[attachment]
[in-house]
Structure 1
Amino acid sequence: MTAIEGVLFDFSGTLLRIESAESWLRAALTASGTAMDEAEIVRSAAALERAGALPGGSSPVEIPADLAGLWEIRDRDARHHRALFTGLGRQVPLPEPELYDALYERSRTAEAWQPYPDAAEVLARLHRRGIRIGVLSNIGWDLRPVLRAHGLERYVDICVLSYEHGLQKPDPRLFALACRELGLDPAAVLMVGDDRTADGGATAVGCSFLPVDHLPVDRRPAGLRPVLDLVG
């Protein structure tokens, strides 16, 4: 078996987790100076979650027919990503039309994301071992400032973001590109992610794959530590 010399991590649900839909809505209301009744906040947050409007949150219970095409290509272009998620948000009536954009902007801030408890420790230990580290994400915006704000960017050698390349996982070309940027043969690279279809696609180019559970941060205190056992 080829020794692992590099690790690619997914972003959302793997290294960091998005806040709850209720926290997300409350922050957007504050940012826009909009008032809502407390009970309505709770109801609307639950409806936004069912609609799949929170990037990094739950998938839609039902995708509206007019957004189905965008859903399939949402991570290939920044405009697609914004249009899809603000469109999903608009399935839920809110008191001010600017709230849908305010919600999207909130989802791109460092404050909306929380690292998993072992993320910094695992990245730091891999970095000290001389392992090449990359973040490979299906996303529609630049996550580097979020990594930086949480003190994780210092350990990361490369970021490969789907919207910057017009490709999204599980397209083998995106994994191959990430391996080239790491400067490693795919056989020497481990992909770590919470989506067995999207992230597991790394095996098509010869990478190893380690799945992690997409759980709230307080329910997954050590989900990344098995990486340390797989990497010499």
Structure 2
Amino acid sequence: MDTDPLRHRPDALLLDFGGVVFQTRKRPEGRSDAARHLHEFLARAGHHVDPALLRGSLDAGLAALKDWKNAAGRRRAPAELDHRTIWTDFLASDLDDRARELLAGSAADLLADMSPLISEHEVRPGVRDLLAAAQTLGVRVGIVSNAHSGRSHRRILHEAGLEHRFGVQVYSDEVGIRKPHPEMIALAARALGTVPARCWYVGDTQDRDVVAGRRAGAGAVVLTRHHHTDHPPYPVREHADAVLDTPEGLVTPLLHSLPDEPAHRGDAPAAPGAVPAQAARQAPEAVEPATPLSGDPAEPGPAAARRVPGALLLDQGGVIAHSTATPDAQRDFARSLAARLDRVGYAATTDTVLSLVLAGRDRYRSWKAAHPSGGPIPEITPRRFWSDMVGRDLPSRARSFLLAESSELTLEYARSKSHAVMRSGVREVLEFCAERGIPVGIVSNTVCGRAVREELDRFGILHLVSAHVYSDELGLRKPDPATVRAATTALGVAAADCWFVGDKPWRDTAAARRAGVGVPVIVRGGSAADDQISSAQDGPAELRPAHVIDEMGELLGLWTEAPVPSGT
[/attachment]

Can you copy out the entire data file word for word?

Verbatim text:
[in-house]
Structure 1
Amino acid sequence: MTAIEGVLFDFSGTLLRIESAESWLRAALTASGTAMDEAEIVRSAAALERAGALPGGSSPVEIPADLAGLWEIRDRDARHHRALFTGLGRQVPLPEPELYDALYERSRTAEAWQPYPDAAEVLARLHRRGIRIGVLSNIGWDLRPVLRAHGLERYVDICVLSYEHGLQKPDPRLFALACRELGLDPAAVLMVGDDRTADGGATAVGCSFLPVDHLPVDRRPAGLRPVLDLVG
């Protein structure tokens, strides 16, 4: 078996987790100076979650027919990503039309994301071992400032973001590109992610794959530590 010399991590649900839909809505209301009744906040947050409007949150219970095409290509272009998620948000009536954009902007801030408890420790230990580290994400915006704000960017050698390349996982070309940027043969690279279809696609180019559970941060205190056992 080829020794692992590099690790690619997914972003959302793997290294960091998005806040709850209720926290997300409350922050957007504050940012826009909009008032809502407390009970309505709770109801609307639950409806936004069912609609799949929170990037990094739950998938839609039902995708509206007019957004189905965008859903399939949402991570290939920044405009697609914004249009899809603000469109999903608009399935839920809110008191001010600017709230849908305010919600999207909130989802791109460092404050909306929380690292998993072992993320910094695992990245730091891999970095000290001389392992090449990359973040490979299906996303529609630049996550580097979020990594930086949480003190994780210092350990990361490369970021490969789907919207910057017009490709999204599980397209083998995106994994191959990430391996080239790491400067490693795919056989020497481990992909770590919470989506067995999207992230597991790394095996098509010869990478190893380690799945992690997409759980709230307080329910997954050590989900990344098995990486340390797989990497010499």
Structure 2
Amino acid sequence: MDTDPLRHRPDALLLDFGGVVFQTRKRPEGRSDAARHLHEFLARAGHHVDPALLRGSLDAGLAALKDWKNAAGRRRAPAELDHRTIWTDFLASDLDDRARELLAGSAADLLADMSPLISEHEVRPGVRDLLAAAQTLGVRVGIVSNAHSGRSHRRILHEAGLEHRFGVQVYSDEVGIRKPHPEMIALAARALGTVPARCWYVGDTQDRDVVAGRRAGAGAVVLTRHHHTDHPPYPVREHADAVLDTPEGLVTPLLHSLPDEPAHRGDAPAAPGAVPAQAARQAPEAVEPATPLSGDPAEPGPAAARRVPGALLLDQGGVIAHSTATPDAQRDFARSLAARLDRVGYAATTDTVLSLVLAGRDRYRSWKAAHPSGGPIPEITPRRFWSDMVGRDLPSRARSFLLAESSELTLEYARSKSHAVMRSGVREVLEFCAERGIPVGIVSNTVCGRAVREELDRFGILHLVSAHVYSDELGLRKPDPATVRAATTALGVAAADCWFVGDKPWRDTAAARRAGVGVPVIVRGGSAADDQISSAQDGPAELRPAHVIDEMGELLGLWTEAPVPSGT